I am broadly interested in planetary and exoplanetary atmospheres, star and planet formation, and synergies between planetary and exoplanetary science. I use observations of brown dwarfs and solar system planets to improve our understanding of exoplanets: how they formed, what they are made of, and how they are evolving. Currently, I’m using the PEAS instrument that I designed and built to observe solar system planets as if they are point source exoplanets. I’m also using the NIRSPEC instrument, which I helped upgrade for Keck Observatory, to study the atmospheres of brown dwarfs at high spectral resolution. Stay tuned for more! Summaries of previous brown dwarf studies are below.

Infrared Spectroscopy

surface gravity examples in L dwarfs
J-band spectra of three L3 type brown dwarfs with low, intermediate, and high gravity. The potassium and iron hydride absorption features are used to trace surface gravity in brown dwarf atmospheres.

I studied surface gravities of brown dwarfs using gravity-sensitive features in the J-band spectra of brown dwarfs. I measured neutral potassium and iron hydride absorption to characterize surface gravity, in order to disentangle the effects of mass, temperature, and age on these brown dwarf spectra. Our paper was recently published in the Astrophysical Journal, and on the arxiv: Surface Gravities for 228 M, L, and T Dwarfs in the NIRSPEC Brown Dwarf Spectroscopic Survey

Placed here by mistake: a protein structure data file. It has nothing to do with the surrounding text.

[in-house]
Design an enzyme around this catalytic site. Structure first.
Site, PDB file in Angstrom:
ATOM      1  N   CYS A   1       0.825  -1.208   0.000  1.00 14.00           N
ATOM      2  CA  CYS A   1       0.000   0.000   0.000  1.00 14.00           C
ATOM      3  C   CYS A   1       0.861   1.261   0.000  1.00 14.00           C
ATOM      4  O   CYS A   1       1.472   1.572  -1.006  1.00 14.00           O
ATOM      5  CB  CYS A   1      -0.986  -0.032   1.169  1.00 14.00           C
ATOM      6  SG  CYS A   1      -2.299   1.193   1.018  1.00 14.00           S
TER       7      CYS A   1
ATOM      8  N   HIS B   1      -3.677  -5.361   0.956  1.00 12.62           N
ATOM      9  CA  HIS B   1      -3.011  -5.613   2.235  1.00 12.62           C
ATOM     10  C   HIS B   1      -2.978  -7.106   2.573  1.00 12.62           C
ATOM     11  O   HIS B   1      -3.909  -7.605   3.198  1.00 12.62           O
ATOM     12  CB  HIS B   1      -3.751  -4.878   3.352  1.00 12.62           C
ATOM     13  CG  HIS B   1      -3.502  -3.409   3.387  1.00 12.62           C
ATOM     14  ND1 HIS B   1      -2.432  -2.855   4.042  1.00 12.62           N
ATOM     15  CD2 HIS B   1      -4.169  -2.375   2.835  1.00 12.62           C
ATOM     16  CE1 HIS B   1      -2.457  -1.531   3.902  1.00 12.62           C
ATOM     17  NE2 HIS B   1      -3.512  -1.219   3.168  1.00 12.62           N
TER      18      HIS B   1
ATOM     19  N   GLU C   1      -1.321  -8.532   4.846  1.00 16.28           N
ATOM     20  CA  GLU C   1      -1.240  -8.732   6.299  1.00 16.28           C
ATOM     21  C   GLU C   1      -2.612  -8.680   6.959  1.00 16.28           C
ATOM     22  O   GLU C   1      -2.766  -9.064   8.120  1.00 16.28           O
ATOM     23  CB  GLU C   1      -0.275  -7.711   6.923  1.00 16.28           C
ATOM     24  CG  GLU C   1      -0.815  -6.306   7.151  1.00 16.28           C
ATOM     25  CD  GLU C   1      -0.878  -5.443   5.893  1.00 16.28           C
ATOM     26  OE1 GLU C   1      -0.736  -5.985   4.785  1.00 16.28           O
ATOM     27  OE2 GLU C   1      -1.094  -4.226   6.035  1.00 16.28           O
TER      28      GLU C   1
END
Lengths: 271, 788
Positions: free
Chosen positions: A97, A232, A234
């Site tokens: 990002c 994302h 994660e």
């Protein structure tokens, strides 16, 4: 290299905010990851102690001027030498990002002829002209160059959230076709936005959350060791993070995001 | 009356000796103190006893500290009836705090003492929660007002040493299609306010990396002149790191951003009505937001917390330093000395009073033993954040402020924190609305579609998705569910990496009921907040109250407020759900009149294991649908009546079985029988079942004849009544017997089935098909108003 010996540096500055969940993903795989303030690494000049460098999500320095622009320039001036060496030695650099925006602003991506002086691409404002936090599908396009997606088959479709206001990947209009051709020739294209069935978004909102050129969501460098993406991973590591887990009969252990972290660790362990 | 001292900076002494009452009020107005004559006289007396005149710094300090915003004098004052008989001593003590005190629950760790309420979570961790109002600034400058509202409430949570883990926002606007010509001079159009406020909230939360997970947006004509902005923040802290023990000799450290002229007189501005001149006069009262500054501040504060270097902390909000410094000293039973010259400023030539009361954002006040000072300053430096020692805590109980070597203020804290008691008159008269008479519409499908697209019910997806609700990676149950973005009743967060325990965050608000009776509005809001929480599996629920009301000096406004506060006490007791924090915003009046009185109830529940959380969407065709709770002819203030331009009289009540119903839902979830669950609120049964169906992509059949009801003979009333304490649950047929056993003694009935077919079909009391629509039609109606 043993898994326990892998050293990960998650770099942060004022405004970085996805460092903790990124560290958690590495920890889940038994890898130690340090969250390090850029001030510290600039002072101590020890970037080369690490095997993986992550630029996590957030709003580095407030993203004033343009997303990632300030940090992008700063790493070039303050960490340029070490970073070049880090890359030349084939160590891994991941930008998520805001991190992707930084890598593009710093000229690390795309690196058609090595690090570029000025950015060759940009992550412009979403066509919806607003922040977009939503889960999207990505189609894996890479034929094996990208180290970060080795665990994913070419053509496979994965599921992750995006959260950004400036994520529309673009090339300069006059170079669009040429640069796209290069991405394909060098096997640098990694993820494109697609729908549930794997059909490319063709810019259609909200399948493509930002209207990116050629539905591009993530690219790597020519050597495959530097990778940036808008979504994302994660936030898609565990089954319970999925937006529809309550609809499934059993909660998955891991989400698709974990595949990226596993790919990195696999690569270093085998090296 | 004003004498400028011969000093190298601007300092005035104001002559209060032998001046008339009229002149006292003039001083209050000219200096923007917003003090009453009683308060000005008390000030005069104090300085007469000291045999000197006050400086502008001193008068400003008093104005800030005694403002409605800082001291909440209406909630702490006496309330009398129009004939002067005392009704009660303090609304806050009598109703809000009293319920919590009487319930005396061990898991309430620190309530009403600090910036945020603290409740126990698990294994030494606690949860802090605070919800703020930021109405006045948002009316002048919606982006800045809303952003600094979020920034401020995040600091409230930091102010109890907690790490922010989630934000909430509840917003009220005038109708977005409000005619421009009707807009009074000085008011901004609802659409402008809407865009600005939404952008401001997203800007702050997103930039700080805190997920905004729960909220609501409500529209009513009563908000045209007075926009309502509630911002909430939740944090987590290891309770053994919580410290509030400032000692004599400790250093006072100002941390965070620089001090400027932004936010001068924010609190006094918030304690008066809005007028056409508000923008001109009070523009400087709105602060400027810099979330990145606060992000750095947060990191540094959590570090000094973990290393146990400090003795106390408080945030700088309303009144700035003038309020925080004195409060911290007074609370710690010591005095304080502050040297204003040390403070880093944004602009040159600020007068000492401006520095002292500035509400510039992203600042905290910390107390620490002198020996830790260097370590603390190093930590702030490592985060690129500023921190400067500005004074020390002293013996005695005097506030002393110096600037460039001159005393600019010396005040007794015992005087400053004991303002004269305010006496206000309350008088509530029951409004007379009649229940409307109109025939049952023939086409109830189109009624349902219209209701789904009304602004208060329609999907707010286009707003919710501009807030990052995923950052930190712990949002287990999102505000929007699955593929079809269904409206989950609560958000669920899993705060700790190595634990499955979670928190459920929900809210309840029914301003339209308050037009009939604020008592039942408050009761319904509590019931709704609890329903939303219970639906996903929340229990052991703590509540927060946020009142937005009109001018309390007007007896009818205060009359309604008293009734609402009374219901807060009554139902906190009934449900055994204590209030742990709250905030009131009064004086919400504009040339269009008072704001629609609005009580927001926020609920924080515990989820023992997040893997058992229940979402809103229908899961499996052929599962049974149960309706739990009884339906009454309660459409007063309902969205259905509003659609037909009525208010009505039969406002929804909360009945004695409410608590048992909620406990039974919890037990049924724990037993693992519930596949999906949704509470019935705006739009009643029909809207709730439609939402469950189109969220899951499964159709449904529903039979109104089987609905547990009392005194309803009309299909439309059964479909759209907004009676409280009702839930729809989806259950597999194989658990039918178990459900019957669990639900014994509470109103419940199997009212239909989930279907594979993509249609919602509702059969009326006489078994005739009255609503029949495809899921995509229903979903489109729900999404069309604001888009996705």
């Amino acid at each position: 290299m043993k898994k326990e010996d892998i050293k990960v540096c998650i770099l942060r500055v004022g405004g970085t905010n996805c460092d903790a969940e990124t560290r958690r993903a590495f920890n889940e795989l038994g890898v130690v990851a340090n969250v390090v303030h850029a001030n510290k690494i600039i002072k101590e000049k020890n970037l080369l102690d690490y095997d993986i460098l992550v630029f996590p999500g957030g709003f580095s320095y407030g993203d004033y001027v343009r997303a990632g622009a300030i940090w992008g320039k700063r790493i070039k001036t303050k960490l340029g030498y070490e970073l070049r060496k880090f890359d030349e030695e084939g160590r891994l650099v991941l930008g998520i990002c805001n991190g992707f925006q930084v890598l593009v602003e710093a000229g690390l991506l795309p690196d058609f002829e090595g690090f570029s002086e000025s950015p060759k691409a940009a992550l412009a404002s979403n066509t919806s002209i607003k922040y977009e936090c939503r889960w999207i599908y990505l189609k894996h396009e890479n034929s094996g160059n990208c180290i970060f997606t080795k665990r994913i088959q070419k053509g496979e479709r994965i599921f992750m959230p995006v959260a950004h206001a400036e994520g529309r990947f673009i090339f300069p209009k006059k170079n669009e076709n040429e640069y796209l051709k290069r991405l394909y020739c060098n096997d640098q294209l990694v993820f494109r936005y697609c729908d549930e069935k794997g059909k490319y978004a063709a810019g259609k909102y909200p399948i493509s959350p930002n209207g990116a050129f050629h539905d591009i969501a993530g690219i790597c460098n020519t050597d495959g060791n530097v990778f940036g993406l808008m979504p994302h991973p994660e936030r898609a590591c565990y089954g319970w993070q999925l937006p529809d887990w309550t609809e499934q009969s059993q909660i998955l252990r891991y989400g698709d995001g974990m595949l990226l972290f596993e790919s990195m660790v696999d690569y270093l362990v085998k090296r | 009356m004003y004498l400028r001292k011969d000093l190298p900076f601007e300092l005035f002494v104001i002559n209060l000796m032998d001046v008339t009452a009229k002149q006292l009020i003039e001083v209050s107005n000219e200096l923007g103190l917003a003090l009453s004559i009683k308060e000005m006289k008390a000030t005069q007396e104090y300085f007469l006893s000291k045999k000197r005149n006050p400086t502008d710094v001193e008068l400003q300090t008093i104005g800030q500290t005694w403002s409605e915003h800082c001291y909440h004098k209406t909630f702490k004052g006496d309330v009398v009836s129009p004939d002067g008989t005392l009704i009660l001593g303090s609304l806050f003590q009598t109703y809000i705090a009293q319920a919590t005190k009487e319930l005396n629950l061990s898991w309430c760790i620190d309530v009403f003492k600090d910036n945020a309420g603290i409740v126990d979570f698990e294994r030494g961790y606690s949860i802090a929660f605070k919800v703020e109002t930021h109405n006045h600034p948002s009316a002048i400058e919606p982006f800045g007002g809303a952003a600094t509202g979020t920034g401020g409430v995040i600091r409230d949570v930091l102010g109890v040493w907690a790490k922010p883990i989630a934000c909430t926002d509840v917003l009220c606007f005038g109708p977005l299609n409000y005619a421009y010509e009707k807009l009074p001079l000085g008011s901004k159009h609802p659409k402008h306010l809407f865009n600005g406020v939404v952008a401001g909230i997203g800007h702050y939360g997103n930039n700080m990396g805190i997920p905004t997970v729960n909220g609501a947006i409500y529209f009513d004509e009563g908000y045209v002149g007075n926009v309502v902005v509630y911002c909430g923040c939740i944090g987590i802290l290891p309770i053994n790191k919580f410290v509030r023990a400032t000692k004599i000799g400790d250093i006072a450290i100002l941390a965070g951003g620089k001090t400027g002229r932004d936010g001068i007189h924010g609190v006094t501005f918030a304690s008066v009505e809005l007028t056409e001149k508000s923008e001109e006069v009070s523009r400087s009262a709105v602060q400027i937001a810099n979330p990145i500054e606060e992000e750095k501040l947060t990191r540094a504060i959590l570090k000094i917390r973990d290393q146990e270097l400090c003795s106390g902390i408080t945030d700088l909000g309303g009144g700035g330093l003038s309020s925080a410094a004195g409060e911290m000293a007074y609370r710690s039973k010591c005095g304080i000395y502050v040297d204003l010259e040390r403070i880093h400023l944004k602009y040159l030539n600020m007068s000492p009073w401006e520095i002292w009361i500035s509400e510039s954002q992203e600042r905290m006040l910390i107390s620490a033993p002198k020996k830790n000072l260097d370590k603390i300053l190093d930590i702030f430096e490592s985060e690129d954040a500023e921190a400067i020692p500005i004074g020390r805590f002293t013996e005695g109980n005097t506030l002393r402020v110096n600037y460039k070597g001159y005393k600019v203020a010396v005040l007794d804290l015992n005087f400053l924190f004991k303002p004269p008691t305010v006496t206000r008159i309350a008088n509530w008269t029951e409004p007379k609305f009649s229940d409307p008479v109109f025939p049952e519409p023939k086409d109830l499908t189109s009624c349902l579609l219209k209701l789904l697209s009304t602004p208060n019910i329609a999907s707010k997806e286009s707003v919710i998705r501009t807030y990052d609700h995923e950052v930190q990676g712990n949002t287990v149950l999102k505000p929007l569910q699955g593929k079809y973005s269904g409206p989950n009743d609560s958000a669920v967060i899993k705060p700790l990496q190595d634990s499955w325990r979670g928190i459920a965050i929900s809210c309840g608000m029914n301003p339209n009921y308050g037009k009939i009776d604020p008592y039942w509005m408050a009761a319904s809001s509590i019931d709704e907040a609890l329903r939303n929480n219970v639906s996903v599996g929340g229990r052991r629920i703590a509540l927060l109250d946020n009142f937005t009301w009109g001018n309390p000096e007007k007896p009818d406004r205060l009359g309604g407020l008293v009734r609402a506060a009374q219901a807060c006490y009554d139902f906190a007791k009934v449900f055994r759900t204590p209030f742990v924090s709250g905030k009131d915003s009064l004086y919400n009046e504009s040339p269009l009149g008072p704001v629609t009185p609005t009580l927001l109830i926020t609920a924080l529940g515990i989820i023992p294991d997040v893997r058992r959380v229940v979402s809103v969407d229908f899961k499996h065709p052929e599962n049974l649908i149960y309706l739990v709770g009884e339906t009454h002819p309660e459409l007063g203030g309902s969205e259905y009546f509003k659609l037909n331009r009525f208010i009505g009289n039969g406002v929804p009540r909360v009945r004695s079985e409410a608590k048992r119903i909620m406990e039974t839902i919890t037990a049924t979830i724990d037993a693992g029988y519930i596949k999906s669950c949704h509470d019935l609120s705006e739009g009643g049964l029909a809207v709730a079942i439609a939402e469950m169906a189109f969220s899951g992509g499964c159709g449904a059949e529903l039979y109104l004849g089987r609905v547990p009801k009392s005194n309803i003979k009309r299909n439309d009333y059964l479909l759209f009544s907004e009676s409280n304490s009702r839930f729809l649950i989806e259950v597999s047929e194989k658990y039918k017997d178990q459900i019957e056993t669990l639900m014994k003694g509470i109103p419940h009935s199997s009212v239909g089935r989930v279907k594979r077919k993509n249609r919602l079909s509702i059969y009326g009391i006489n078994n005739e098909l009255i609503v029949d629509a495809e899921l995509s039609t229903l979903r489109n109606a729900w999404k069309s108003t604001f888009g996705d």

(Left) Astrometric measurements of a Y dwarf, WISE 0410+1502. (Right) Parallactic ellipse, after the proper motion component has been removed.

I recently published a paper in which we measured distances to the coldest brown dwarfs in the Solar Neighborhood. We use Spitzer IRAC channel 2 images over baselines of >2 years to measure the motions of these cool objects. Having precise distances allowed us to measure the absolute magnitudes and infer information about the temperatures of these cold, nearby objects.